Abbott is indeed facing more pressure from his right than he has in recent memory. He has drawn at least three primary challengers who have argued he is not conservative enough, including former state Sen. Don Huffines of Dallas and Texas GOP Chairman Allen West, who announced this campaign Sunday.
Beyond funding for the Legislature, Abbott wants lawmakers to look at several other areas of the budget in the special session and find additional money. The agenda calls for "additional available general revenue" for property tax relief, the state's foster-care system and cybersecurity defenses.
The agenda also devotes one item to border security, calling for "funding to support law-enforcement agencies, counties, and other strategies as part of Texas' comprehensive border security plan." Under President Joe Biden, Abbott has been more focused than ever on fortifying the state's Mexican border, and the governor invited former President Donald Trump to tour the area last month and see his plan to finish the border wall that began in Trump's presidency.
In less politically charged topics, the agenda calls for legislation to educate Texas teens about family violence prevention. There is also an item on a "thirteenth check" for the state's retired teachers, referring to an additional one-time payment of benefits.
But the call is otherwise dominated by red meat. Even after lawmakers did more than ever to restrict abortion during the regular session - passing a "heartbeat" bill that bans abortion as early as six weeks - Abbott issued a request for legislation cracking down on abortion-inducing drugs, banning people from getting them through mail or delivery service.
While the special session call include 11 items, there is little doubt that Abbott cares the most about the first two that were listed - the bail and elections bill. Both failed in the final hours of the regular session after Abbott designated them as emergency items months earlier.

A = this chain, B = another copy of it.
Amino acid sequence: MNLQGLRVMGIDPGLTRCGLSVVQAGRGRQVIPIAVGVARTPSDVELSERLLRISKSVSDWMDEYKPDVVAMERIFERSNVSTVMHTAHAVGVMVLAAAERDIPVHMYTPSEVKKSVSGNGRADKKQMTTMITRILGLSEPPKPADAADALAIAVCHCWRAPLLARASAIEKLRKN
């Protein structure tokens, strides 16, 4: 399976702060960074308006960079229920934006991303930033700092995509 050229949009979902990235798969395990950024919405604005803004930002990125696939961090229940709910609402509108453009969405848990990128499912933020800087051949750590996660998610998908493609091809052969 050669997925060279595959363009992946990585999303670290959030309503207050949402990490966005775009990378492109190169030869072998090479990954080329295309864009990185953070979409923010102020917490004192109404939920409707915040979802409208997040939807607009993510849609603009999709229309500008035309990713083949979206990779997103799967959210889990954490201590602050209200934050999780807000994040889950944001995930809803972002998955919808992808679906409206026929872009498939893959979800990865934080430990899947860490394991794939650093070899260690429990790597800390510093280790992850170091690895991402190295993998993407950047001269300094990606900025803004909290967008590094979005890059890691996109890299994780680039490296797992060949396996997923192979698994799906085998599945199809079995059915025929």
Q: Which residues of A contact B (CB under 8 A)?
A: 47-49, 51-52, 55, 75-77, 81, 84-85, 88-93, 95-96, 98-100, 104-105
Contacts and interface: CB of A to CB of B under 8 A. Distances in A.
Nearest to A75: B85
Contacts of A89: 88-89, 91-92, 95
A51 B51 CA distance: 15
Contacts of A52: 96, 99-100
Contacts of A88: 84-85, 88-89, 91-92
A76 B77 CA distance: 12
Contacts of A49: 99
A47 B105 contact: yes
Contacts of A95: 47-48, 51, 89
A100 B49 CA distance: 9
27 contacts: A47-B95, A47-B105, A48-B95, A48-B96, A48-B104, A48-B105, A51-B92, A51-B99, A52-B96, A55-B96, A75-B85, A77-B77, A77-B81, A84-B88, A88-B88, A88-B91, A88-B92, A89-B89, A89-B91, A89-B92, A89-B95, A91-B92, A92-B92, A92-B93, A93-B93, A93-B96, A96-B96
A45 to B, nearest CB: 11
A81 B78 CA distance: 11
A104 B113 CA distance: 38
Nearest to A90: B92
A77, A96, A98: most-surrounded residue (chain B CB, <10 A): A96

The bail proposal that died during the regular session would have made it harder for people arrested to bond out of jail without cash.
The elections bill would have instituted new rules around early voting hours, local voting options and mail ballots. It is unlikely to look the same in the special session after GOP negotiators claimed after the regular session that they erred in provisions related to the Sunday early voting window and a process for overturning elections.
In addition to Democrats, Abbott's special session agenda received scrutiny from close observers of the power grid. The issue returned to the forefront last month when Texans were told to turn their thermostats to 78 degrees during the afternoon and evening for a whole week because some power plants were unexpectedly offline, and the grid operator did not say why.
Virginia Palacios, executive director of the nonprofit Commission Shift, a group focused on environmental and consumer issues at the state's oil and gas regulator, said she is disappointed that Abbott did not include any items related to "strengthening the electric grid," among other energy issues.
"Already this summer we have seen the electric grid tested, and Texans deserve a functioning energy infrastructure that keeps businesses going and protects our communities," Palacios said in a statement.
Mitchell Ferman contributed reporting.